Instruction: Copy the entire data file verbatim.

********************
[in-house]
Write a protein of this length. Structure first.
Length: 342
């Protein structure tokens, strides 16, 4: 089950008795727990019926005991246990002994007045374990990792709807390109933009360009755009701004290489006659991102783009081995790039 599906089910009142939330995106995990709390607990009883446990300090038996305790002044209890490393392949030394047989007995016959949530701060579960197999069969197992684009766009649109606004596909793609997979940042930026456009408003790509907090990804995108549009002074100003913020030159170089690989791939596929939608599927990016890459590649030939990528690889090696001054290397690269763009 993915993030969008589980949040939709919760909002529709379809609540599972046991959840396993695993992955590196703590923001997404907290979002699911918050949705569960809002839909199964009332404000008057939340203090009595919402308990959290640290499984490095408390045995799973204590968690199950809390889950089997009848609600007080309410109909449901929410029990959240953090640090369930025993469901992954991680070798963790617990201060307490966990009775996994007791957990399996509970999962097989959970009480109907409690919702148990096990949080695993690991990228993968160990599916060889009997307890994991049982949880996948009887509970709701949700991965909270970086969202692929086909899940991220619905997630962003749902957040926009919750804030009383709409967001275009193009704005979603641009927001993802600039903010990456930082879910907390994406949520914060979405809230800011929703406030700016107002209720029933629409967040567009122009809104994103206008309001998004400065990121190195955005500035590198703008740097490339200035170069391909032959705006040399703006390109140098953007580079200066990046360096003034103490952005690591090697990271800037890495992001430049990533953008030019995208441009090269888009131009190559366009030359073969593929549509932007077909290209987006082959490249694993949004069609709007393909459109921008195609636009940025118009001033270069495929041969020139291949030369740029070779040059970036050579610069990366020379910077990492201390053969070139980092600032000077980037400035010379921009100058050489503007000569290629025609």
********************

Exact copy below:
[in-house]
Write a protein of this length. Structure first.
Length: 342
């Protein structure tokens, strides 16, 4: 089950008795727990019926005991246990002994007045374990990792709807390109933009360009755009701004290489006659991102783009081995790039 599906089910009142939330995106995990709390607990009883446990300090038996305790002044209890490393392949030394047989007995016959949530701060579960197999069969197992684009766009649109606004596909793609997979940042930026456009408003790509907090990804995108549009002074100003913020030159170089690989791939596929939608599927990016890459590649030939990528690889090696001054290397690269763009 993915993030969008589980949040939709919760909002529709379809609540599972046991959840396993695993992955590196703590923001997404907290979002699911918050949705569960809002839909199964009332404000008057939340203090009595919402308990959290640290499984490095408390045995799973204590968690199950809390889950089997009848609600007080309410109909449901929410029990959240953090640090369930025993469901992954991680070798963790617990201060307490966990009775996994007791957990399996509970999962097989959970009480109907409690919702148990096990949080695993690991990228993968160990599916060889009997307890994991049982949880996948009887509970709701949700991965909270970086969202692929086909899940991220619905997630962003749902957040926009919750804030009383709409967001275009193009704005979603641009927001993802600039903010990456930082879910907390994406949520914060979405809230800011929703406030700016107002209720029933629409967040567009122009809104994103206008309001998004400065990121190195955005500035590198703008740097490339200035170069391909032959705006040399703006390109140098953007580079200066990046360096003034103490952005690591090697990271800037890495992001430049990533953008030019995208441009090269888009131009190559366009030359073969593929549509932007077909290209987006082959490249694993949004069609709007393909459109921008195609636009940025118009001033270069495929041969020139291949030369740029070779040059970036050579610069990366020379910077990492201390053969070139980092600032000077980037400035010379921009100058050489503007000569290629025609």